Conductor Harry Ogg
Stravinsky The Firebird Suite
Dvorak Symphony No. 7
Come and join us for a wonderfully eclectic evening of Slavic folk dances! In this programme we have two major works from the symphonic canon which appear to contrast hugely yet have some striking similarities in their conception and situation.
Both were by Slavic composers writing for Western European institutions and might be considered "breakthrough" works for the two composers who subsequently went onto to be very international celebrities and furthermore, both composers took folk melodies from their home countries and expanded and elaborated on them to create their respective masterpieces. Premiered in London, the 7th Symphony's pastoral idealism and masculine candour can be heard in the later symphonies of Vaughan Williams and Elgar whilst the dazzling orchestral colour and dynamism of the Firebird (premiered in Paris) surely influenced the later works of Debussy and Ravel.
The Firebird Suite
The Firebird is a ballet by the Russian composer Igor Stravinsky, written for the 1910 Paris season of Sergei Diaghilev's Ballets Russes. The scenario is based on Russian fairy tales of the magical glowing bird that can be both a blessing and a curse to its owner. At the premiere on 25 June 1910 in Paris, the work was an instant success with both audience and critics.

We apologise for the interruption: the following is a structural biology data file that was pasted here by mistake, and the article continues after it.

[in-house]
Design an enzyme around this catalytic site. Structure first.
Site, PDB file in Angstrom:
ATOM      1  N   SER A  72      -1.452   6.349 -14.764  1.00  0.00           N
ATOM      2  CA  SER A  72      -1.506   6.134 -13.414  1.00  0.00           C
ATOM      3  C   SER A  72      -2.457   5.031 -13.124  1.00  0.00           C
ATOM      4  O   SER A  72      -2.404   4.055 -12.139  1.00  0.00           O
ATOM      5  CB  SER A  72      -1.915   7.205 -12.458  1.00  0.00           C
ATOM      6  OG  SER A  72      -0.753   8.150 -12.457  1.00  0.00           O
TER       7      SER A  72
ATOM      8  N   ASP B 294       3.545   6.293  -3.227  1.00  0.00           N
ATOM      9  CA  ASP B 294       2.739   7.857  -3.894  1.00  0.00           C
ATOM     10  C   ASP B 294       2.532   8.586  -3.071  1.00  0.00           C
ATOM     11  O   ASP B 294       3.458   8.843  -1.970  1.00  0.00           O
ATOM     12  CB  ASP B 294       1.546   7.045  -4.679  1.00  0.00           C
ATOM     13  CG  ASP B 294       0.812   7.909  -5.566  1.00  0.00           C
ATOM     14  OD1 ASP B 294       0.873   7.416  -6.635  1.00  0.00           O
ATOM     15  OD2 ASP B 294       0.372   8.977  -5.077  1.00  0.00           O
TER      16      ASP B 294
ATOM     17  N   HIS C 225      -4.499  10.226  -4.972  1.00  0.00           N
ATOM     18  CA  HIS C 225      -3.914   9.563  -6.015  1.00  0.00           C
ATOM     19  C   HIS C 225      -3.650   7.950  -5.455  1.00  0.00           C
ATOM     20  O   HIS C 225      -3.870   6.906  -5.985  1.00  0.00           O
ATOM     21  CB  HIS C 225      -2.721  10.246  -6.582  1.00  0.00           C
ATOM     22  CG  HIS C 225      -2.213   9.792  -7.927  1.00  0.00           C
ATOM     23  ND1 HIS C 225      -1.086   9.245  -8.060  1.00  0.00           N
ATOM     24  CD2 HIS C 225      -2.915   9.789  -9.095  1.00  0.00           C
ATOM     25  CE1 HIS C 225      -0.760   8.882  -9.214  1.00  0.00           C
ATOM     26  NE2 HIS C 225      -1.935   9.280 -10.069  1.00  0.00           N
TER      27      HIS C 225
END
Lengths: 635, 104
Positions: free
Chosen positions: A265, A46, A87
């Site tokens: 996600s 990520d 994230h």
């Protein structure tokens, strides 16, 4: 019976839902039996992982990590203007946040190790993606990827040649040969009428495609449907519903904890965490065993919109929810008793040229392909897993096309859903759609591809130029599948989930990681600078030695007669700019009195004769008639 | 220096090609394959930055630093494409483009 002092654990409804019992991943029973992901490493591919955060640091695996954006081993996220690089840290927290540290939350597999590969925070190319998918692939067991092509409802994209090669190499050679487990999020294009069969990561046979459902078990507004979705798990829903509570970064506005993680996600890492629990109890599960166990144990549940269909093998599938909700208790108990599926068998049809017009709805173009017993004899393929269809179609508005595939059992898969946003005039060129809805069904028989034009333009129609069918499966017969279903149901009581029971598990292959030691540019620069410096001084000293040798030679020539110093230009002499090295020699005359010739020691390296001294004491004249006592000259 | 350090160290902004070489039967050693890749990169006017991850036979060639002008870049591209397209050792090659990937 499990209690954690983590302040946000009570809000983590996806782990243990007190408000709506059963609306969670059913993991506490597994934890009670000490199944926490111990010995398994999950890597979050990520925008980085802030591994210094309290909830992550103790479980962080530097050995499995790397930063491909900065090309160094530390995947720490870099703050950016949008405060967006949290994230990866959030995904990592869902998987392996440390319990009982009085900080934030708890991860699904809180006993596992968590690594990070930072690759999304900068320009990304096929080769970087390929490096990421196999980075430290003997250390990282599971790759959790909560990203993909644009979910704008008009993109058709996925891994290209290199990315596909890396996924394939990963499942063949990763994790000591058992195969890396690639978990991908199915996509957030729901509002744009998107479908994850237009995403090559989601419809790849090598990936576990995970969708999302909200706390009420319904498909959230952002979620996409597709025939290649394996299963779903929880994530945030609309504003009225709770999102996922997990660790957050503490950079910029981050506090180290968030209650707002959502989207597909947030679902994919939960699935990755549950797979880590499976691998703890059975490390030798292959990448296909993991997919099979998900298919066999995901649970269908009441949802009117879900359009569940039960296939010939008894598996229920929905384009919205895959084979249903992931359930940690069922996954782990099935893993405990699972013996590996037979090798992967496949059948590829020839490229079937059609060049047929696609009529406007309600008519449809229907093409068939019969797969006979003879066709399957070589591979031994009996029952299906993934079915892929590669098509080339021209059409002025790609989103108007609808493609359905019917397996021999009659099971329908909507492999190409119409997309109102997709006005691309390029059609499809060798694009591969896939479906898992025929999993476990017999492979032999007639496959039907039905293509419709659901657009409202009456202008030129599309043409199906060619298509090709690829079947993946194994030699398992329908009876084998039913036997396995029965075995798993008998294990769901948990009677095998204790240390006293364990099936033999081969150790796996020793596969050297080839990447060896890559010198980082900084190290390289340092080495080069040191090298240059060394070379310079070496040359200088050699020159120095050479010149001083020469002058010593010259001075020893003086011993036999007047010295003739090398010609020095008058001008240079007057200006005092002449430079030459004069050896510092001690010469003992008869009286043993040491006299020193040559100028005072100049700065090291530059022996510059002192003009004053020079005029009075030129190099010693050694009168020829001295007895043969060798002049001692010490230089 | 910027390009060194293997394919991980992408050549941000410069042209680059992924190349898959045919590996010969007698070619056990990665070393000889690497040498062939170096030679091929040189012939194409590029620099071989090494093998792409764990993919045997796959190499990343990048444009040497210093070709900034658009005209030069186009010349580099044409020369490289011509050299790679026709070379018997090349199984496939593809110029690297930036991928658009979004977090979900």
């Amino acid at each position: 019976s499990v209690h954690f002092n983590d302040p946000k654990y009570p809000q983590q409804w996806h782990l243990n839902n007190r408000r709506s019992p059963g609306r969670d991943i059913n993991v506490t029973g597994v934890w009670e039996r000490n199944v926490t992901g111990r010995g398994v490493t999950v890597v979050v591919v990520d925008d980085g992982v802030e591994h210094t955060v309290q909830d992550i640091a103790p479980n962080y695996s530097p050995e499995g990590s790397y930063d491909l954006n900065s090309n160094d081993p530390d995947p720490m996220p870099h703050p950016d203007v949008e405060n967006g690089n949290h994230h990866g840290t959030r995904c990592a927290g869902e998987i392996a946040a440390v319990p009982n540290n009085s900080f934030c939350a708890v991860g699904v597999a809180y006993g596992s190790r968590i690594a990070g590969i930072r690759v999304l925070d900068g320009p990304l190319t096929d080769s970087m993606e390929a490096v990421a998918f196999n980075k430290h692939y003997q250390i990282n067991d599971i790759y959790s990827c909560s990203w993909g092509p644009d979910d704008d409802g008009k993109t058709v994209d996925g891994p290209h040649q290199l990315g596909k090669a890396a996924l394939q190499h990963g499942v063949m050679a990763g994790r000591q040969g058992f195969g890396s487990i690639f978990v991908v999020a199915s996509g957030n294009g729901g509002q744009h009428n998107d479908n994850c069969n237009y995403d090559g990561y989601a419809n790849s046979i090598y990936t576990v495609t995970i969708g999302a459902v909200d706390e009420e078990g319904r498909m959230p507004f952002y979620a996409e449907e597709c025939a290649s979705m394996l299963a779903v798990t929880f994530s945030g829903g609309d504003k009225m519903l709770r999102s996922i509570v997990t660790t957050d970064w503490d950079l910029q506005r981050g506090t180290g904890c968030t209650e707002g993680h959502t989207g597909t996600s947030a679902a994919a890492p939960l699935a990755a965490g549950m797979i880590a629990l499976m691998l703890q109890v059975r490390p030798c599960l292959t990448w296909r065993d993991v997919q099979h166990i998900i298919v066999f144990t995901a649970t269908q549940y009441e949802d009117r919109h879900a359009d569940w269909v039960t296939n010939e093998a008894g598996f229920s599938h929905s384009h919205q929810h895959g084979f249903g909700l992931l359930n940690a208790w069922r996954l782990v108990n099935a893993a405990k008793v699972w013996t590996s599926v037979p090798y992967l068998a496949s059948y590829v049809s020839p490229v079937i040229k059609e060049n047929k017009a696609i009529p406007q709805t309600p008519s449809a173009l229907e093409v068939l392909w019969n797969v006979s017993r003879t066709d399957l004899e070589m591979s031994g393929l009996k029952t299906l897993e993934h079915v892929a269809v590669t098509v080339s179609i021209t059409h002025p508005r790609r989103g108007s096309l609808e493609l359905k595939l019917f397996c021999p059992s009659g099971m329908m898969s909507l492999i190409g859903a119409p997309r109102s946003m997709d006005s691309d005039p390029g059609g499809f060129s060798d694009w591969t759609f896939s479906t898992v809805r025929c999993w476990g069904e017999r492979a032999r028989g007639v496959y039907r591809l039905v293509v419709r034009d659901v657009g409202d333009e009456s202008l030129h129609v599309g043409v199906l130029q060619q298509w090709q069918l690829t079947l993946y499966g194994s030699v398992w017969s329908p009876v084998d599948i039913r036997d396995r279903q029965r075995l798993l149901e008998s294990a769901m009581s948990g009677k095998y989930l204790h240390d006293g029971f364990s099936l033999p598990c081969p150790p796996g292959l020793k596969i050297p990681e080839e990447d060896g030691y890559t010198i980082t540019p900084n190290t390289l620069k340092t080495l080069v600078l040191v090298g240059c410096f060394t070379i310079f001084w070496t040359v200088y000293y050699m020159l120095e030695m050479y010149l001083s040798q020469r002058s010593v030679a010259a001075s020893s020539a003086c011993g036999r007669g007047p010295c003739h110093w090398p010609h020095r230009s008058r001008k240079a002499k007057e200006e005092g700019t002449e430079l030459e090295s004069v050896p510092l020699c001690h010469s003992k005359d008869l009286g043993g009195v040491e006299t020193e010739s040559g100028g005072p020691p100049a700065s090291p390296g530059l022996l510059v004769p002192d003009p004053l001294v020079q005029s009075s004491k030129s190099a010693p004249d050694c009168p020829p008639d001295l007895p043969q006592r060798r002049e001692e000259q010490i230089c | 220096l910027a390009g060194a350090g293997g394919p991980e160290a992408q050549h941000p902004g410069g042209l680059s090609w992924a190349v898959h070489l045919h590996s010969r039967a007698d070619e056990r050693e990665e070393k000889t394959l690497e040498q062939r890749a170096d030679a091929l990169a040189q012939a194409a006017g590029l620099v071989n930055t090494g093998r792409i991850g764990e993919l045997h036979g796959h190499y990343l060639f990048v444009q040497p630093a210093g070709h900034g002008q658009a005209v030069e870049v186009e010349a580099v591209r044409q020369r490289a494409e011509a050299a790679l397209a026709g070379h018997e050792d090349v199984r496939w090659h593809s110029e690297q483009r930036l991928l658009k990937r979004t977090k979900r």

The ballet has historic significance not only as Stravinsky's breakthrough piece, but also as the beginning of the collaboration between Diaghilev and Stravinsky that would also produce Petrushka, The Rite of Spring, Pulcinella and others.
Stravinsky is widely considered one of the most important and influential composers of the 20th century, and his compositional career was notable for its stylistic diversity. He first achieved international fame with three ballets commissioned by the impresario Sergei Diaghilev and first performed in Paris by Diaghilev's Ballets Russes: The Firebird (1910), Petrushka (1911) and The Rite of Spring (1913). The last of these transformed the way in which subsequent composers thought about rhythmic structure and was largely responsible for Stravinsky's enduring reputation as a musical revolutionary who pushed the boundaries of musical design. His "Russian phase" which continued with works such as Renard, The Soldier's Tale and Les Noces, was followed in the 1920s by a period in which he turned to neoclassical music. The works from this period tended to make use of traditional musical forms (concerto grosso, fugue and symphony), drawing on earlier styles, especially from the 18th century. In the 1950s, Stravinsky adopted serial procedures. His compositions of this period shared traits with examples of his earlier output: rhythmic energy, the construction of extended melodic ideas out of a few two- or three-note cells and clarity of form, and of instrumentation.
Our conductor for the evening is Harry Ogg, conductor, pianist, repetiteur and vocal coach based in London.